Loss of an Eye



 There are three classifications for this condition:


  1. Anophthalmia ( A medical term used to represent the absence of the globe and ocular tissue from the orbit ) can be congenital (present at birth) or acquired later in life. Congenital anophthalmia can occur alone or along with other birth defects. Cases of Anophthalmia could result from inherited genetic mutations, sporadic genetic mutations, chromosome abnormalities, prenatal environmental insult or unknown.
  2. True or primary anophthalmos is very rare. Only when there is complete absence of the ocular tissue within the orbit can the diagnosis of true anophthalmos be made. Extreme microphthalmos is seen more commonly. In this condition, a very small globe is present within the orbital soft tissue, which is not visible on initial examination.
  3. Anophthalmia and microphthalmia could occur secondary to the arrest of development of the eye at various stages of growth of the optic vesicle. It is important to recognize microphthalmia because the development of the orbital region, as well as the lids and fornices, is dependent on the presence of a normal-sized eye in utero. Anophthalmia is may be a clinical characteristic of Trisomy 13 which is a Gross Chromosomal Abnormality.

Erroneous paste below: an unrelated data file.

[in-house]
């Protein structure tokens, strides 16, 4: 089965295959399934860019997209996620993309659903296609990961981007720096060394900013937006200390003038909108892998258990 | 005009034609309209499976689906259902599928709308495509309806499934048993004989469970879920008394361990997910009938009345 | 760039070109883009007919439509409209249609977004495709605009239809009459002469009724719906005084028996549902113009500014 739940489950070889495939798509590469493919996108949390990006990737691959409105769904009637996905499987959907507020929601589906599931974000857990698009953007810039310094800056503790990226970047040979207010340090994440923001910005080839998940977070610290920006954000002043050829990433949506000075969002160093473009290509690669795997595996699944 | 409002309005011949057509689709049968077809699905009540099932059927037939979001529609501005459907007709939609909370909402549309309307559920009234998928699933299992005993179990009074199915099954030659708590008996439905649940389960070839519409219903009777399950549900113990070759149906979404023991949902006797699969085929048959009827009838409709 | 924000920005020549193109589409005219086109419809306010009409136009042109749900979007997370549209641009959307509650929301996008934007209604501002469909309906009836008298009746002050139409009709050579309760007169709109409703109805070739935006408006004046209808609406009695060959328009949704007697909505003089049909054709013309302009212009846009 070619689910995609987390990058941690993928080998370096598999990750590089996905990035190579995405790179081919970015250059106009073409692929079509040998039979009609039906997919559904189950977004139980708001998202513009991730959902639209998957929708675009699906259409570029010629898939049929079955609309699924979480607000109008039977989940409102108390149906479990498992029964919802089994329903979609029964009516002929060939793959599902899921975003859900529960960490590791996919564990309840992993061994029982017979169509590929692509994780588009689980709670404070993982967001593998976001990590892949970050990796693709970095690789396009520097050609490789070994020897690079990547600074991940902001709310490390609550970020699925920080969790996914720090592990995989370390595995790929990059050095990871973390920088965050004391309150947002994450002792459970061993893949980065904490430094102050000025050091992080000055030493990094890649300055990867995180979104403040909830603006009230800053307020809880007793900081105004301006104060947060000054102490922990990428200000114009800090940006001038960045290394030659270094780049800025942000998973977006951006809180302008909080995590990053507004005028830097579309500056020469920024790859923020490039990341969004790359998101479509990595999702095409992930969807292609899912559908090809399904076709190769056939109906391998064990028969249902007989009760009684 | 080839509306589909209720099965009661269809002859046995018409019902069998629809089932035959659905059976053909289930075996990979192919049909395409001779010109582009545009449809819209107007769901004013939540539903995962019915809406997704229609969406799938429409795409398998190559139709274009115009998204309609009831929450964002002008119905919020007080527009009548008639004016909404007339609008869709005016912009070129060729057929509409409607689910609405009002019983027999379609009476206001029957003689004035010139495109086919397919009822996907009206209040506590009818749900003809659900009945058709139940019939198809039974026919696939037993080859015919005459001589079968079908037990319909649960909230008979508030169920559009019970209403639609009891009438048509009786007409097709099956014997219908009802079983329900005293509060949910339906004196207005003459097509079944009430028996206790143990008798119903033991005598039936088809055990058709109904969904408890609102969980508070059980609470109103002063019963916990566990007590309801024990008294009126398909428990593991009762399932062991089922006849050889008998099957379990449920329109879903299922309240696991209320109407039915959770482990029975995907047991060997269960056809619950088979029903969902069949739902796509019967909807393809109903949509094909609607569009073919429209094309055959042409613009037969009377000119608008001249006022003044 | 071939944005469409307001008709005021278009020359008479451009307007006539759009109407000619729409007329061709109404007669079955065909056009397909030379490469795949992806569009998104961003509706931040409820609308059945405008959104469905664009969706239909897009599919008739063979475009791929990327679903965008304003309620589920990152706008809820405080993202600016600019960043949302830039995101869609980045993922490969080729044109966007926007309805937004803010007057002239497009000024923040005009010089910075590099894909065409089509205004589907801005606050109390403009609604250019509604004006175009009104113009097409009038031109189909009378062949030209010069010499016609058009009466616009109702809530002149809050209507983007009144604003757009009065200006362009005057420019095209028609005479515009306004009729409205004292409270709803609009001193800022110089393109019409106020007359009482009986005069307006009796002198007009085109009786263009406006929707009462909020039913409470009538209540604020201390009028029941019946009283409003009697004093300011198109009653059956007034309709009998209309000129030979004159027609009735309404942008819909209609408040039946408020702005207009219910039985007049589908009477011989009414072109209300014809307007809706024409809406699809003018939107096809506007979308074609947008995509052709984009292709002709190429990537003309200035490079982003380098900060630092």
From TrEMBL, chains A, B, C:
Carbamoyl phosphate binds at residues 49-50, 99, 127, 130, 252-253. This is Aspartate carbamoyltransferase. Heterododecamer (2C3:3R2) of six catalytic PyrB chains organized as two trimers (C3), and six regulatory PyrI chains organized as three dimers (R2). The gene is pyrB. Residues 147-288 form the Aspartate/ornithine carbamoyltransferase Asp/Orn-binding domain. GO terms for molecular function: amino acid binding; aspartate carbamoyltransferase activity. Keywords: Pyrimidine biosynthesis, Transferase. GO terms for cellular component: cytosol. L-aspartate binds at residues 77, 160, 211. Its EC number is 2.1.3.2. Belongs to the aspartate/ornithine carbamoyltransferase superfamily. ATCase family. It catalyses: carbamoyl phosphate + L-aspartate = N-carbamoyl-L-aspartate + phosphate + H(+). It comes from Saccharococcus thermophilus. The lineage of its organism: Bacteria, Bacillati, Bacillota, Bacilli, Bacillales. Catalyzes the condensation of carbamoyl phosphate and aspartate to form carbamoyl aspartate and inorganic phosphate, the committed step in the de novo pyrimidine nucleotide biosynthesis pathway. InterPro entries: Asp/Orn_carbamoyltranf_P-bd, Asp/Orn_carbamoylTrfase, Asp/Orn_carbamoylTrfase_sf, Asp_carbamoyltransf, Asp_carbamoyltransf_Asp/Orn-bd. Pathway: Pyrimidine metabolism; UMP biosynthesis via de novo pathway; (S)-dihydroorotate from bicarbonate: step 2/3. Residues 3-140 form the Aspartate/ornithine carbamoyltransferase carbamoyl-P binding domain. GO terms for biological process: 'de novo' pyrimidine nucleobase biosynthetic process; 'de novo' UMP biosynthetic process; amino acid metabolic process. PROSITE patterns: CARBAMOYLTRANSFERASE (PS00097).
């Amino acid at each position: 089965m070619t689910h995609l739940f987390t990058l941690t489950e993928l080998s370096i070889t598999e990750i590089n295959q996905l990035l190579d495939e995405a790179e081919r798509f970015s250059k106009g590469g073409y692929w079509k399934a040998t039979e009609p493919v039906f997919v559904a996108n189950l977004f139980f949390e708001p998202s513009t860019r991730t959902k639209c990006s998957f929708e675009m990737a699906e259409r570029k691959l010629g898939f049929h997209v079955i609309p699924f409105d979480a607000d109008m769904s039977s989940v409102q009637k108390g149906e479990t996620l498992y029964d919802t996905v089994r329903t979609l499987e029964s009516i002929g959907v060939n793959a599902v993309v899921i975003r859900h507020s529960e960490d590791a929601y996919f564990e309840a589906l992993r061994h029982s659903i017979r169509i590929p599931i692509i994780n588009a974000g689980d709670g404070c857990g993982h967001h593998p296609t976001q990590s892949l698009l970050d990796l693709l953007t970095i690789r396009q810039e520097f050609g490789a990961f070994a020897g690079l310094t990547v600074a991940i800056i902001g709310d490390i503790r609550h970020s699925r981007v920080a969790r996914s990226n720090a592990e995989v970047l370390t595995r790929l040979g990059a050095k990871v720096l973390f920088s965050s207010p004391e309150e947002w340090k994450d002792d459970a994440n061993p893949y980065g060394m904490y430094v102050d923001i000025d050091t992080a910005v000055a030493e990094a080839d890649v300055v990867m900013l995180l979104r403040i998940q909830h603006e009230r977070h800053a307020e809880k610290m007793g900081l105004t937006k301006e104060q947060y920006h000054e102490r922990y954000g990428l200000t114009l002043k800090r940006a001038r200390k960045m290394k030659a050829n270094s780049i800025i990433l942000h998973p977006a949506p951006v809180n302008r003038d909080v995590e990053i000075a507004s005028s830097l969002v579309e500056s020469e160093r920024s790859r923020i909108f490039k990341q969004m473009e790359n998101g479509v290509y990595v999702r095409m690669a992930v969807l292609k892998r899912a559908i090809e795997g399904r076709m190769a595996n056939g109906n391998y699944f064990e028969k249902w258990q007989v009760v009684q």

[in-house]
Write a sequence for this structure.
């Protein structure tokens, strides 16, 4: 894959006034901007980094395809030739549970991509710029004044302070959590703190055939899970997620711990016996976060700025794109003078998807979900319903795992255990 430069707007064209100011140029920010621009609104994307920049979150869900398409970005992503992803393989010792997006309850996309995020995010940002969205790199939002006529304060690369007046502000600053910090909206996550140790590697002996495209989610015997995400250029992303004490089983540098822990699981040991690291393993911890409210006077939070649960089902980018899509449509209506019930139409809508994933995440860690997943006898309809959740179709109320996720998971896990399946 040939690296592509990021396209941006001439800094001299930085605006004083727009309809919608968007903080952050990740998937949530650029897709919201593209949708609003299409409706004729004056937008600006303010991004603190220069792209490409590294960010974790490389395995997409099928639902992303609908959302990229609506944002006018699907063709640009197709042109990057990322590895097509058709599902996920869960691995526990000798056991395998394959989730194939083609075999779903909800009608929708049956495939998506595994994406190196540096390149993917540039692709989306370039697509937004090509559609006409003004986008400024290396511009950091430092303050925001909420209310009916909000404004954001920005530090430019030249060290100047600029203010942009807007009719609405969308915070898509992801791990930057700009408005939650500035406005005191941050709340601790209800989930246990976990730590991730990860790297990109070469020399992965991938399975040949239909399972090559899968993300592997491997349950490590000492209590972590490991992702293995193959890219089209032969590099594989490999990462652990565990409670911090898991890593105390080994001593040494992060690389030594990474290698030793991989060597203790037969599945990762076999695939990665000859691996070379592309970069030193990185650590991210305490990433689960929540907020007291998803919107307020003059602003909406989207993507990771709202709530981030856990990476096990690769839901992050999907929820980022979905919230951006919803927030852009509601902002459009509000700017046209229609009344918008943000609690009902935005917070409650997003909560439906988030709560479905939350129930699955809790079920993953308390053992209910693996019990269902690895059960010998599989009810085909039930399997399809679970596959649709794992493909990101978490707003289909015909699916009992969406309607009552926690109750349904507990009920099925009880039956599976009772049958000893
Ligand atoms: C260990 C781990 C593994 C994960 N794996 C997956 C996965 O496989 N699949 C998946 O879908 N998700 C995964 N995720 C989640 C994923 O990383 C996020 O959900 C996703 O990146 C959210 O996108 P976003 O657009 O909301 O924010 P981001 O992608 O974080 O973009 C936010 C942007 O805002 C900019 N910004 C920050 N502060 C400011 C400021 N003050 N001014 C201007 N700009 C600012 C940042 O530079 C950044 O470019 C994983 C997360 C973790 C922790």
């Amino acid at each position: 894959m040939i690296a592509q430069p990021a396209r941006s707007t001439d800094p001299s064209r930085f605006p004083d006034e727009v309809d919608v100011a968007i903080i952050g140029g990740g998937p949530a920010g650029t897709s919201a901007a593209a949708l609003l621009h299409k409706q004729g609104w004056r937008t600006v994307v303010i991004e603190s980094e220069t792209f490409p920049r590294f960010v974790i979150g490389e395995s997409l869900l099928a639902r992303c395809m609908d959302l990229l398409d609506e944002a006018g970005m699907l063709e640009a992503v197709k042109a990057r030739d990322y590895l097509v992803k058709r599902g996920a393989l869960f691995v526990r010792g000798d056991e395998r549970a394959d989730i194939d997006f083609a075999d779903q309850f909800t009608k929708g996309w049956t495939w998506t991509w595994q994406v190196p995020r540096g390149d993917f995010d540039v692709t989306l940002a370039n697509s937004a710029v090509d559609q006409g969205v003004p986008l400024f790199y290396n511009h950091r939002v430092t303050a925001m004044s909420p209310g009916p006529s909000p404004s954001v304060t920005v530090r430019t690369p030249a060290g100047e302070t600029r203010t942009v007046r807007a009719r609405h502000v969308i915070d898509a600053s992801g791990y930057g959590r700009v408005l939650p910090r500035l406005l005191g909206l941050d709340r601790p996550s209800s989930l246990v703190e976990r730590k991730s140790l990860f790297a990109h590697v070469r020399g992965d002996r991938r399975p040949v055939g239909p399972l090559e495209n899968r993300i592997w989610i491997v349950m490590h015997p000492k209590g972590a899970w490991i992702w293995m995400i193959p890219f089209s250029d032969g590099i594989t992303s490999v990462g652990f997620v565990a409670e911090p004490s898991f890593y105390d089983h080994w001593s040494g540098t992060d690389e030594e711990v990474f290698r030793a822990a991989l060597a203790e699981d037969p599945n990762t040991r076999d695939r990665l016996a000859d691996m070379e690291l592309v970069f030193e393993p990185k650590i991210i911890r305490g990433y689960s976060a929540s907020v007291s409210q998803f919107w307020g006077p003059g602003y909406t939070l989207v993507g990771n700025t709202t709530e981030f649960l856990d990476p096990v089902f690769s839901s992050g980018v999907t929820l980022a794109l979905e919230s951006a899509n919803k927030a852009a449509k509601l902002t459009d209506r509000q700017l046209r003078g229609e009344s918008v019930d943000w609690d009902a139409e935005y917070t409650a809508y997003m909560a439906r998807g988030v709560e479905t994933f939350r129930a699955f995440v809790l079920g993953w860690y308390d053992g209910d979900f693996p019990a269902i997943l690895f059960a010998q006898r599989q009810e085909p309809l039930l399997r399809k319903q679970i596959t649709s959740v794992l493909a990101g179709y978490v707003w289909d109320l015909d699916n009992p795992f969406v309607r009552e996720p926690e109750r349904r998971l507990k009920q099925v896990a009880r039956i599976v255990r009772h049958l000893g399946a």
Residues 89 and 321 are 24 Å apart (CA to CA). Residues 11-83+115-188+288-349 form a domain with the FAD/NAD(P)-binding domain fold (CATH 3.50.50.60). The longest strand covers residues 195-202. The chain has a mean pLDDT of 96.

(Anophthalmia is very rare but the exact incidence is unknown. One report from a prospective study of 50,000 newborns found an incidence of microphthalmia of 0.22 per 1,000 live births)


Blunt Orbital Trauma leading to zygoma, orbital floor fracture and intraocular wood.

Blunt Orbital Trauma leading to zygoma, orbital floor fracture and intraocular wood. TRAUMA-TREEBRANCH--BRANCH.jpg (27861 bytes)


This patient was stuck by a large tree branch and sustained two full thickness puncture wounds: one below the eyebrow and one


Radiologic Studies


Radiologic Studies


Radiologic Studies


Radiologic Studies


Intra-Operative Photographs